At Arrow Intelligent Systems (AIS), your mission is our mission. From design engineering services, global marketing and integration, global logistics, and business solutions, our dedicated team of experts is bringing it all together to help you deliver the latest technologies to market – quickly and efficiently.
Scotland is to get a new Internet of Things network. The network, called IoT Scotland, will allow the collection of data from smart devices through a wireless sensor network based on LoRa wireless technology.
The £6m, three-year project has been funded with investment from both the public and private sectors.
Initially, the network will cover Scotland’s seven cities, Glasgow, Inverness, Edinburgh, Aberdeen, Dundee, Perth, and Stirling, with the aim of expanding it throughout Scotland.
Nick Chrissos – from Cisco Systems – looks at a smart city project in Manchester and the UK’s Smart City IoT Demonstrator, CityVerve.
Manchester Smart City Lessons
The project saw 20 organisations ranging from the city council, universities and hospitals, to transport bodies and private businesses – collaborate to embrace the technology and provide data to make Manchester an even better place to live, work, play and learn, locating activity along Manchester’s Oxford Road Corridor.
Arm acquires Treasure Data and launches Pelion IoT platform to provide end-to-end IoT connectivity, device and data management.
Arm has acquired Treasure Data, a specialist in enterprise data management providing businesses the ability to aggregate and derive insights from disparate data sources, CRM, IoT devices, ecommerce and more.
Arm, a UK-based subsidiary of Japanese firm SoftBank, has also launched its Pelion IoT platform, which combines technologies from US-based Treasure Data, the acquisition of Stream and Arm Mbed Cloud, to provide end-to-end IoT connectivity, device and data management for hybrid environments. The Pelion IoT platform will enable companies to connect seamlessly and securely and manage IoT devices and data at any scale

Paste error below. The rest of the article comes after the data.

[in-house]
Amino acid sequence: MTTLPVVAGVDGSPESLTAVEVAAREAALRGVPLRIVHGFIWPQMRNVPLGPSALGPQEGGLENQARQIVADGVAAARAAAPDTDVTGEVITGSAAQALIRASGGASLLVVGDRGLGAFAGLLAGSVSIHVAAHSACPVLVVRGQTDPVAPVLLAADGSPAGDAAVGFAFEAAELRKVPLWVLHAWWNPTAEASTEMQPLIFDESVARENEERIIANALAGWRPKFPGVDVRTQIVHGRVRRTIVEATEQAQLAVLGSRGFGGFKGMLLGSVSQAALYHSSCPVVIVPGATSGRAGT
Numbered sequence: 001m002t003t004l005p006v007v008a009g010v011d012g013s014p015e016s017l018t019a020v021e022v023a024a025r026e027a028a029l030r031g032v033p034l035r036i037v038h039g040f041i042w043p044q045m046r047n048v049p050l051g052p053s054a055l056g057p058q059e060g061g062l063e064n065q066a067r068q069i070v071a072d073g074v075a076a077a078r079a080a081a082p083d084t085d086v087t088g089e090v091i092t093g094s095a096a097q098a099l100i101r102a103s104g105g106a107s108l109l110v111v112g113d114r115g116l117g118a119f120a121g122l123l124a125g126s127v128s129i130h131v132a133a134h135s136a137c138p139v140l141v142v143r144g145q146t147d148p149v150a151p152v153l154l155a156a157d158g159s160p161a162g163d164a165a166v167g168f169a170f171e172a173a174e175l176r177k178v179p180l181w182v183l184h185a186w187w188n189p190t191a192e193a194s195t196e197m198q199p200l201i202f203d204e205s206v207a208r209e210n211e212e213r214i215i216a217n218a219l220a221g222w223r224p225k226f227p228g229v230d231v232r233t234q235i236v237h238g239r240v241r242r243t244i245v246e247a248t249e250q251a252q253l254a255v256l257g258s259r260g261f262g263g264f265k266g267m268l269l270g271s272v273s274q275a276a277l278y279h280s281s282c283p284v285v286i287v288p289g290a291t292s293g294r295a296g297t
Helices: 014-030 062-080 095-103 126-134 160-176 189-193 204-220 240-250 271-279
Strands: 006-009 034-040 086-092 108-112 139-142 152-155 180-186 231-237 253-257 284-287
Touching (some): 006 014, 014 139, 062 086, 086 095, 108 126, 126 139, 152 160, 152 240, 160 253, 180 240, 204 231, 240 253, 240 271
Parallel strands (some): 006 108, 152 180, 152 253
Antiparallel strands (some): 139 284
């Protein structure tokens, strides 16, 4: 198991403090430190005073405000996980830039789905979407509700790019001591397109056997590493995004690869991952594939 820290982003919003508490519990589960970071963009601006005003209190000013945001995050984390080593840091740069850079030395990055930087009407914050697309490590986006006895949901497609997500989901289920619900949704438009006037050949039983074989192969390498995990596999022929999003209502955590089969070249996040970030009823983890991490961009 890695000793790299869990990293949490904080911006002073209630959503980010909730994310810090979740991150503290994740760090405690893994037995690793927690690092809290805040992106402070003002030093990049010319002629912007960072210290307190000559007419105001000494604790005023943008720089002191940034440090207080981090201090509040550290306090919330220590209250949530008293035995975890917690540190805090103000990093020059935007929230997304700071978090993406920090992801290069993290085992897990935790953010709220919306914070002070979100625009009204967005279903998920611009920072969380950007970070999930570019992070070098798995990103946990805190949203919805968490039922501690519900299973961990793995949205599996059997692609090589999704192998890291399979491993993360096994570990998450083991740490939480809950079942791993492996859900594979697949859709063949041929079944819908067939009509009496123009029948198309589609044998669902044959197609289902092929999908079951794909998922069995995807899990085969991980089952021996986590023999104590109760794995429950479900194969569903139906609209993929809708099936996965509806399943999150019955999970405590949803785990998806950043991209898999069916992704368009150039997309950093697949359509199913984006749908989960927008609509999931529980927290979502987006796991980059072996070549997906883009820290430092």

Apple joins the Thread Group, sparking speculation over whether HomeKit will support the low-power mesh networking protocol.
“Up until now, Apple has adopted its typical my-way-or-the-highway approach to smart home technology, even ending up in the ludicrous positionwhere it forced device manufacturers to add a special Apple-specified microcontroller and firmware to their products if they wanted their kit to work with Apple’s iThings via HomeKit.
In other words, if you made smart-home stuff, and you want it to be controlled from iOS or macOS, you needed to place Apple-picked electronics in your system. These extra components would perform the cryptography and other operations needed to secure the connection between a person’s iPhone, iPad or Mac, and the smart-home equipment. Not a bad way to enforce security, yet not a great way to make friends in the consumer hardware world: virtually no manufacturer was interested.
Apple eventually backtrackedon that decision, and implemented authentication through software after the broader smart-home market decided not to bother with what it saw as Cupertino control freakery.”